Thankfully the Word was made flesh.  Thankfully we know what it looks like, we’ve heard the words of the living, breathing, actual human that lived the example of perfect humanity.  We know how to love humanity because Jesus showed us how.  Not because the only real love is in heaven and therefore we need to practice before we get there, but because humanity is living and breathing around us.  Jesus desires that we participate in this humanity like he showed us how.

How do you love your neighbor?  Do you know your neighbor exists?  Do you know that Jesus existed in the world just as your neighbor did?  The incredible thing is that Jesus also existed as God.  So Jesus – commanding the world to Love God and Love Others – was simply saying, “Do as I do. Take my hand.  Lets walkwalkwalkwalkwalk.

First Impressions

The first impression is critical.  Is my title clear and engaging?  Is it easy to navigate the webpage?  Are there *speling* errors or haphazard posts?  While you’re here do you want to explore more, or just get in and get out?

Recently I read an article by Church Community Builder on assimilation.  The article addresses the question: how do you introduce others to what your doing and how do they continue to engage with it?  There are countless articles and books trying to promote systems of engagement to your church, i.e.: this, or this, or this and many more.

Some have of goofy parking attendants, free coffee tumblers, or a ‘coupon’ to a free Bible with purchase of a latte. (Maybe not the last one, but I wouldn’t be surprised.)

There is so much happening at the first impression. What are you doing to make the experience extraordinary?  By this, I do not mean the Disneyland experience of lights and sounds and balloons; I ask, how do you make the experience of your church better than the ordinary life we see the other six days of the week?

Theres two two avenues that need to be addressed: the passive experience and the active experience. I’ve recently been visiting churches in our area to explore what it’s like to be a guest on another campus.  I’ve gotten so accustomed to being a member of St. Matthews Church that everything is familiar. Thus, the church explorations.

I look at signage, I try to understand the welcome experience, I read printed material, I note how many trash cans there are; but most importantly, I ask two people, an ‘usher-looking-person and a regular-looking-person, “Where’s the restroom?”  If there’s one thing that can define a newbie, it’s asking where the restrooms are.

So, let’s look at this experience as a whole.  Even if all the passive elements were stellar (clear signage, clean facility, unlocked doors, etc.) this active moment of first impression will make or break my experience at the church.  The responses I’ve received have blown me away.  Official ushers – name badges and all – have simply stared over my shoulder while pointing at an unseen door, directing me like the folks at an airport.  People have told me the general “that way” or “over there”.   All of the responses have left me longing for more.  More engagement, more hospitality, more understanding of the value of this question.  The extraordinary response would be, “Good morning, my name is Brian. They’re right over here, I’ll show you. What’s your name?”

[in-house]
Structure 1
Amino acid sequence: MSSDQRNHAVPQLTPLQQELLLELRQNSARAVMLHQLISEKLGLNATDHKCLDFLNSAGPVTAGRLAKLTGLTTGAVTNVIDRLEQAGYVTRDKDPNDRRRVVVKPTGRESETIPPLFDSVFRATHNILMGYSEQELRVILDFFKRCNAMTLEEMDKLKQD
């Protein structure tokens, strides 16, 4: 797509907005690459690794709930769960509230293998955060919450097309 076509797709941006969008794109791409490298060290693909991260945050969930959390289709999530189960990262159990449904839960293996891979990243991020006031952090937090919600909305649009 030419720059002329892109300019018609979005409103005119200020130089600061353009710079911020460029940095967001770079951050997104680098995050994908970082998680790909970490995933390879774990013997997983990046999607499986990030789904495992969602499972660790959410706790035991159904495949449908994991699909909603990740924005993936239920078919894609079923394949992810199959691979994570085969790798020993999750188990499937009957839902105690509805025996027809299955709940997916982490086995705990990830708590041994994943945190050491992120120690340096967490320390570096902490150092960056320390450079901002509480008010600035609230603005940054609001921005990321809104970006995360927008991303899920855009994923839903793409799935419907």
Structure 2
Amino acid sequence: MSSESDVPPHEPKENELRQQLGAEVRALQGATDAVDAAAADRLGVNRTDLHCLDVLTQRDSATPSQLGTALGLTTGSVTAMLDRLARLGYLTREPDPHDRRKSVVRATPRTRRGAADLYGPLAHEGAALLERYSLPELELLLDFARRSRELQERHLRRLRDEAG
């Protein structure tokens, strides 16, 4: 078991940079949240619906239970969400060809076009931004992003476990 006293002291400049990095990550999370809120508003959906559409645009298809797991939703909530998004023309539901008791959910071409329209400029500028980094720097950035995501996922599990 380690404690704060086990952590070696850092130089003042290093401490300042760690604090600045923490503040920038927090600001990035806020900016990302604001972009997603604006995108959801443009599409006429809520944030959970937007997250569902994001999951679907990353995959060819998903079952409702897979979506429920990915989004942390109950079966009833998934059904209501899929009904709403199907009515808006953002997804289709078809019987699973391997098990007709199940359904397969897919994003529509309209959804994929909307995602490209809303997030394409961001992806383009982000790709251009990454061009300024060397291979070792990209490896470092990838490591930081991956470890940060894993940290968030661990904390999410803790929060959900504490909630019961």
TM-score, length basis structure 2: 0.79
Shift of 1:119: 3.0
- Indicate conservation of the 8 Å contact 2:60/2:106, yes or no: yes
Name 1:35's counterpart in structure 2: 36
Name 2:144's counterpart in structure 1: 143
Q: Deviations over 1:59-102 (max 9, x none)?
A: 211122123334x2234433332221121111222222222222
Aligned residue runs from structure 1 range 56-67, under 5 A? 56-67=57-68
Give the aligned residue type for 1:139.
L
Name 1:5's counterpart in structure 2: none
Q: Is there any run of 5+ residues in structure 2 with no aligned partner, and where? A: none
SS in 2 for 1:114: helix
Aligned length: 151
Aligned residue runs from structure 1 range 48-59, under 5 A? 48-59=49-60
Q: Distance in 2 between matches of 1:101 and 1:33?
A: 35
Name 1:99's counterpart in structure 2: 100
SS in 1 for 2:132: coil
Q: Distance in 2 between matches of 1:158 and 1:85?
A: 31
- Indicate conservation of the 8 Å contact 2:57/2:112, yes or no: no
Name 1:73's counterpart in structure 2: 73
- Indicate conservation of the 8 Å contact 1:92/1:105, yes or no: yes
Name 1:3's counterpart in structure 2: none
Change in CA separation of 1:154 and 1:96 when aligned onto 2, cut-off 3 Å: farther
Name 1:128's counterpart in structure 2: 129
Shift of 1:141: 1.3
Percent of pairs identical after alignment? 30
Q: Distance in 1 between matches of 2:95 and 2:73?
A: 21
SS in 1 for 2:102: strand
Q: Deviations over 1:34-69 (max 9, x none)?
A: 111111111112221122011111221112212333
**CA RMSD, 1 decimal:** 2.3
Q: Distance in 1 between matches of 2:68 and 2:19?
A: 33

We’ve taken a moment where you just needed to pee, into an opportunity for me to show you that I’m thankful you were there and I care about you and your experience here.  This is critical!  Often we hear that we want to be a church that cares about people.  That must always be communicated within the framework of “we care about you, therefore we care about your experience here.”  Sadly, the second part of that is too often undervalued.

We get used the the experience and stop evaluating it.  We use insider knowledge of terms (“the adult education class is upstairs in the library“, said in a building that seemingly only has one floor), we offer coffee  after service without invitation or expectation (it’s just out on a table with nobody to welcome or invite you to break bread….you are just expected to follow to stream of people), or we offer a fantastic experience with no forum for follow-up and a continued relationship (people leave hoping for more, but are never found).

When we zoom out of this first impression, the weight of the moment is staggering.  The continuation of the mission of the church is dependent on getting more and more people involved and invested.  Does the first impression of your church communicate the value you see in people?  The first impression does not stop with just first time guests; are you continuing to communicate to members, attendees, friends, and guests that we care about you, therefore we care about your experience here.


Standing inside the "Welcome Center" of a church, not quite welcomed.
Standing inside the “Welcome Center” of a church, not quite welcomed.
The assimilation process begins with a person’s first visit to the church (for any reason) and ends when that person becomes connected to and engaged with the people, ministries, and programs that drive the mission. – Church Community Builder: “The Assimilation Engine

Welcome to

For the past few months I’ve desired to have a venue to connect with a broader sphere of influence.  Social venues like Twitter, Facebook, Google+, Path, or Instagram have their pros and cons, but after time there’s just so much noise.  Plus, I would like to process some thoughts in more than 140 characters.  So here we are. my general musings.  This will be space for thoughts and ideas within the scope of my life: fatherhood, marriage, grad school, the life of the church, and ministry in Southern California.